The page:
Monthly Archives: September 2014

A Sketch of the System: Where do Sugar and Rum come from?

While researching the raw materials used to manufacture the Strangler we found ourselves most interested in the question of how the sugar water was made. This curiosity quickly got the better of us and our sugar notes soon took up as much space as our Strangler article. For such a little question it was quite a puzzle, but we eventually came to a satisfactory solution. We then figured it would be fun to share and this mini-essay is the result.

In A Song of Ice and Fire white cane sugar is notably absent as a sweetener. Even if sugercane production were limited to just a few islands in the Jade Sea, wealthy POV characters like Tyrion, Daenerys, or Cersei would surely encounter a packet or a bowl’s worth of pure white sugar at some point, but they do not even chance upon so much as a pinch. Not a single east-west trade ship is ever encountered that is carrying it. Euron does not present any cane sugar to the Kingsmoot, although he presents “chests of nutmeg, cloves, and saffron” (FfC Aeron II). This makes little sense if sugarcane cultivation were underway in the East, as plantations would be exporting this white gold as they are exporting pepper, cinnamon, cloves, nutmeg, and saffron. Rather than sugar, the go to sweetener in East and West is honey. Honey is served straight on the cone, added to porridge, spread on bread, made into sauces, basted on roasting meats, soaked into sweet cakes, distilled into mead, and mixed with wine and milk and lemon water. It is only in Old Volantis that queen honey has been checked by a popular taste for purple sweet beets. They are “served with almost every meal” and used to make a desert soup “as thick and rich as purple honey” (DoD Quentyn I).

And yet a certain amount of sugar refining clearly exists and makes its presence known in the kitchens of the Red Keep, Highgarden, and Sunspear. Sugar frosts some of the lemon cakes Sansa enjoys at King Robert’s court (GoT Sansa II). At the feast following the tourney of Bitterbridge Renly’s court is served spun sugar unicorns (CoK Catelyn II). At Joffrey and Lady Margaery’s wedding feast one of the dishes Tyrion samples is a leche of brawn “spiced with cinnamon, cloves, sugar, and almond milk” (SoS Tyrion VIII). When Ser Gregor’s skull is delivered to Sunspear the cook joins in on the celebration by serving the court spun sugar skulls filled with sweet custard and bits of plum and cherry (DoD Hotah). But, again, it is never served or consumed as crystal. Outside the kitchens and tables of the great, sugar crystal totally unknown. And then, along the waterfronts of the world, there is rum. Continue reading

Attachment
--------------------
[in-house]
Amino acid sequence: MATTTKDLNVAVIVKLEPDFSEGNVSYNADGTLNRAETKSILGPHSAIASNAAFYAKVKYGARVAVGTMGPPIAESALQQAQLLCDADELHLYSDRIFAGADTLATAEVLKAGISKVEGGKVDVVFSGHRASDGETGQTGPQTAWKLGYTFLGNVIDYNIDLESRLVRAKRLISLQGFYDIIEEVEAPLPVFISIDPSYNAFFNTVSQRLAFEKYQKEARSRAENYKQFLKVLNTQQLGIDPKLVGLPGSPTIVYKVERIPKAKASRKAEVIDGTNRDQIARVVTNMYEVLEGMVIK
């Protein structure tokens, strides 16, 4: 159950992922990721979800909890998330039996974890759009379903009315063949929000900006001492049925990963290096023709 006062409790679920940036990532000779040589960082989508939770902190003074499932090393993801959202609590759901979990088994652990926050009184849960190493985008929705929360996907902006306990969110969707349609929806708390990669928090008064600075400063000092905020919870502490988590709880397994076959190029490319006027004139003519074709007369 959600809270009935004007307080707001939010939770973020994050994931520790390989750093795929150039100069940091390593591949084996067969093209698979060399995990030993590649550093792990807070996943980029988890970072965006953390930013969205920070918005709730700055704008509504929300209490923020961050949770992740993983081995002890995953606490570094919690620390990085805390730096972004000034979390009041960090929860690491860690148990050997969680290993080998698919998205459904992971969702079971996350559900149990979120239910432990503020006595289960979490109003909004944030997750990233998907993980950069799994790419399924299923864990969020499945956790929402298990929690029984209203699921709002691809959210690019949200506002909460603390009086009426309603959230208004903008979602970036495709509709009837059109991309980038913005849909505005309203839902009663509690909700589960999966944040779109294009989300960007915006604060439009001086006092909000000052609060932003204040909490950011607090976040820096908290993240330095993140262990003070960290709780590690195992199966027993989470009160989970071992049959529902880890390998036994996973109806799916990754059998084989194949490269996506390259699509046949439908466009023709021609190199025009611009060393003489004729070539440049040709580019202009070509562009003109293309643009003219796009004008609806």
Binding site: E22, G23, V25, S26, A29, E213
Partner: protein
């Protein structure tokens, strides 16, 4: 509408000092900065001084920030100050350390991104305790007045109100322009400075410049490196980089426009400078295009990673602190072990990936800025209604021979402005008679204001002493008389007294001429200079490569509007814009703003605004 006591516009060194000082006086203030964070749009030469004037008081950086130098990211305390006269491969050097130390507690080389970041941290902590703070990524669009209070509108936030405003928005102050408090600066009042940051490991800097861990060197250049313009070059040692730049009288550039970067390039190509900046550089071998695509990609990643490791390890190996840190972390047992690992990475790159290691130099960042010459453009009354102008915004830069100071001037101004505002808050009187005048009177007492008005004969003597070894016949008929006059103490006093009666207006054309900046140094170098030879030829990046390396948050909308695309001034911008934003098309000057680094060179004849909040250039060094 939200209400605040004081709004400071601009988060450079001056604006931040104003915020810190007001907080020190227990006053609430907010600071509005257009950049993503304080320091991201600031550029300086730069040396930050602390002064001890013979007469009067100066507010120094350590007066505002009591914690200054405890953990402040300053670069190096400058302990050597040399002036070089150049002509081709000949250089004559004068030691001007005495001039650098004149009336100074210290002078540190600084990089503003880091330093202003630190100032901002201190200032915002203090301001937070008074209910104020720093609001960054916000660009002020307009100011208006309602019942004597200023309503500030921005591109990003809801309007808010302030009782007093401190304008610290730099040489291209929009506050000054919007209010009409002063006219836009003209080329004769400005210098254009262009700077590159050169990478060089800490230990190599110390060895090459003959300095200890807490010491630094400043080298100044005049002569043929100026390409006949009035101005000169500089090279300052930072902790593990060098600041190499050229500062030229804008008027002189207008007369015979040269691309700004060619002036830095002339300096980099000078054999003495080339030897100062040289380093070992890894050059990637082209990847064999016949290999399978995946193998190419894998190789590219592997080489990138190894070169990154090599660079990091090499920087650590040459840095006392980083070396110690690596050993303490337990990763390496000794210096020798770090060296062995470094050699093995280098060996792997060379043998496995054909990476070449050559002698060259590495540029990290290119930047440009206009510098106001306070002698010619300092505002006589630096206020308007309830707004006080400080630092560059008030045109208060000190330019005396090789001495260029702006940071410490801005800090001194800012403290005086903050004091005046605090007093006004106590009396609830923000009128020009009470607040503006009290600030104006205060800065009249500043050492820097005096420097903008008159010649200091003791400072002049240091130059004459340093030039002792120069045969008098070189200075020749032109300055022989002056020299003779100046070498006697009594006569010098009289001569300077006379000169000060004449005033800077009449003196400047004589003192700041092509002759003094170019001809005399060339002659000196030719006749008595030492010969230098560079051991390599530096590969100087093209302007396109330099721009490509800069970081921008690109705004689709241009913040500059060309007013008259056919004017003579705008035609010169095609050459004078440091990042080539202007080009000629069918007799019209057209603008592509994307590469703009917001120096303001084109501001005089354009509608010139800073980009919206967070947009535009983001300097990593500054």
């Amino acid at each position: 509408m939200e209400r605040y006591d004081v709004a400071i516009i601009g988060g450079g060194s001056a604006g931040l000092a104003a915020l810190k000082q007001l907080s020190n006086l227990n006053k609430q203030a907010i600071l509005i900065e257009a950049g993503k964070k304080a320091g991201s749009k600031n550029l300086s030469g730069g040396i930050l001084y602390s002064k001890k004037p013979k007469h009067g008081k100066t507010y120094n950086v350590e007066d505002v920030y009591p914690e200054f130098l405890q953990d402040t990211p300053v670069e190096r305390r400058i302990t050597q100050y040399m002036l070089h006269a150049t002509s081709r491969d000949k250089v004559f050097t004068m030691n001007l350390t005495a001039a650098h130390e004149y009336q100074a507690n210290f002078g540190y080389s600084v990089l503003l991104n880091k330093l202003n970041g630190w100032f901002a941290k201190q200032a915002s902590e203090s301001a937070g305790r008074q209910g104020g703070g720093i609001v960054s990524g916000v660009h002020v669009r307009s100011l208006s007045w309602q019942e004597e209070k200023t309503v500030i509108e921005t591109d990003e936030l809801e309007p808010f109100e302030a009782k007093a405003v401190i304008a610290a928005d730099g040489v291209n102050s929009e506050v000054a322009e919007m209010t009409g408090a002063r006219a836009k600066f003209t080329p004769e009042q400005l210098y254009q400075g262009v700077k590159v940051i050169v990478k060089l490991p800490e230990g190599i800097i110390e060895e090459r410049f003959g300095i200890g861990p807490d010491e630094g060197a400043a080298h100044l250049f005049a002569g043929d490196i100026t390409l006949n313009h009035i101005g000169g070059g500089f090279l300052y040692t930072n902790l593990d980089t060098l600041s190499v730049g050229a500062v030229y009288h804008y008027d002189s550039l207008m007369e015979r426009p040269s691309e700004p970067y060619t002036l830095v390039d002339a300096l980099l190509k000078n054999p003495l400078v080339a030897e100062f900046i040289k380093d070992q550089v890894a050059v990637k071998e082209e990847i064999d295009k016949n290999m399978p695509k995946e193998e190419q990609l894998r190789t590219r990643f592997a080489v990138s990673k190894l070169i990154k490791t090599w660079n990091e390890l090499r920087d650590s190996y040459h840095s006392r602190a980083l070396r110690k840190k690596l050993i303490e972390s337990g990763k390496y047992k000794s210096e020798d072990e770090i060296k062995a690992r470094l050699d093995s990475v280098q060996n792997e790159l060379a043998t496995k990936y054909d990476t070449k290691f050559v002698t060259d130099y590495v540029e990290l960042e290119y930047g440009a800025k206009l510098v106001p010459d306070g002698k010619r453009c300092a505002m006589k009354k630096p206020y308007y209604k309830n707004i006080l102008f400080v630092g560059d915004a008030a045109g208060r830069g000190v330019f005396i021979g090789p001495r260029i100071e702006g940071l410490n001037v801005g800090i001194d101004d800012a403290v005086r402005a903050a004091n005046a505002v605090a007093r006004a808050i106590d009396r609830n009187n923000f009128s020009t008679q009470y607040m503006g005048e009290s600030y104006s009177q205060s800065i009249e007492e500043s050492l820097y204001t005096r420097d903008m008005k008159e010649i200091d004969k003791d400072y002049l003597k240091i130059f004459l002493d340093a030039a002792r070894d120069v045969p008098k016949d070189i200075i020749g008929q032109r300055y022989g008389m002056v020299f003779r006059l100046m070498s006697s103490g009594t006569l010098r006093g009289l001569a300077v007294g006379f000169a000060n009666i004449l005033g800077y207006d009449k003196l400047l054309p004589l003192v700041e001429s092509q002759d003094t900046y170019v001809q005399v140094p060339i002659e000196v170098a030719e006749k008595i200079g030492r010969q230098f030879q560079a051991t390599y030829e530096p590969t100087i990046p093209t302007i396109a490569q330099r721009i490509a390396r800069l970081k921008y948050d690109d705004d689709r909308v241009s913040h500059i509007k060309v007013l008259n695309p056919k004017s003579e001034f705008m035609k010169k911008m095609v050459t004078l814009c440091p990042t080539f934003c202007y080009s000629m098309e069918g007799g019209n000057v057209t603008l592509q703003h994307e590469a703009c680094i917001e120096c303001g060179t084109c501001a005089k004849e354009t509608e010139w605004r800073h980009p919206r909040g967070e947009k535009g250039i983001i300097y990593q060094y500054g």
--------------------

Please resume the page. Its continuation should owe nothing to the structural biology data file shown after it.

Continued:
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A Sketch of the System: The Making of the Strangler

We consider the making of the poison commonly called the Strangler to be a microcosm of a key feature of the world system, the manufacturing power of the Free Cities and the impact they have on societies to their East, South, and West. Revealed in the list of raw materials and an analysis of the final product are the mercantilist policies by which Free Cities siphon off resources and foreign exchange. An examination of the buyers in turn demonstrates the parity in social power that exists between various Essosi merchant aristocracies while also highlighting the disparity of power that exists between said merchant aristocracies and the less sophisticated nobility of Westeros. Westeros consequently is shown to benefit the least from the world system and suffers a great deal owing to its inferior position.

A description of the Strangler, its material components, manufacturing process, and use comes to us curtsey of Maester Cressen of Dragonstone:

 It was made from a certain plant that grew only on the islands of the Jade Sea, half a world away. The leaves had to be aged, and soaked in a wash of limes and sugar water and certain rare spices from the Summer Isles. Afterward they could be discarded, but the potion must be thickened with ash and allowed to crystallize. The process was slow and difficult, the necessaries costly and hard to acquire. The alchemists of Lys knew the way of it, though, and the Faceless Men of Braavos… and the maesters of his order as well, though it was not something talked about beyond the walls of the Citadel. All the world knew that a maester forged his silver link when he learned the art of healing-but the world preferred to forget that men who knew how to heal also knew how to kill. Cressen no longer recalled the name the Asshaii gave the leaf, or the Lysene poisoners the crystal. In the Citadel, it was simply called the strangler. Dissolved in wine, it would make the muscles of a man’s throat clench tighter than any fist, shutting off his windpipe. They said a victim’s face turned as purple as the little crystal seed from which his death was grown, but so too did a man choking on a morsel of food. (CoK Prologue)

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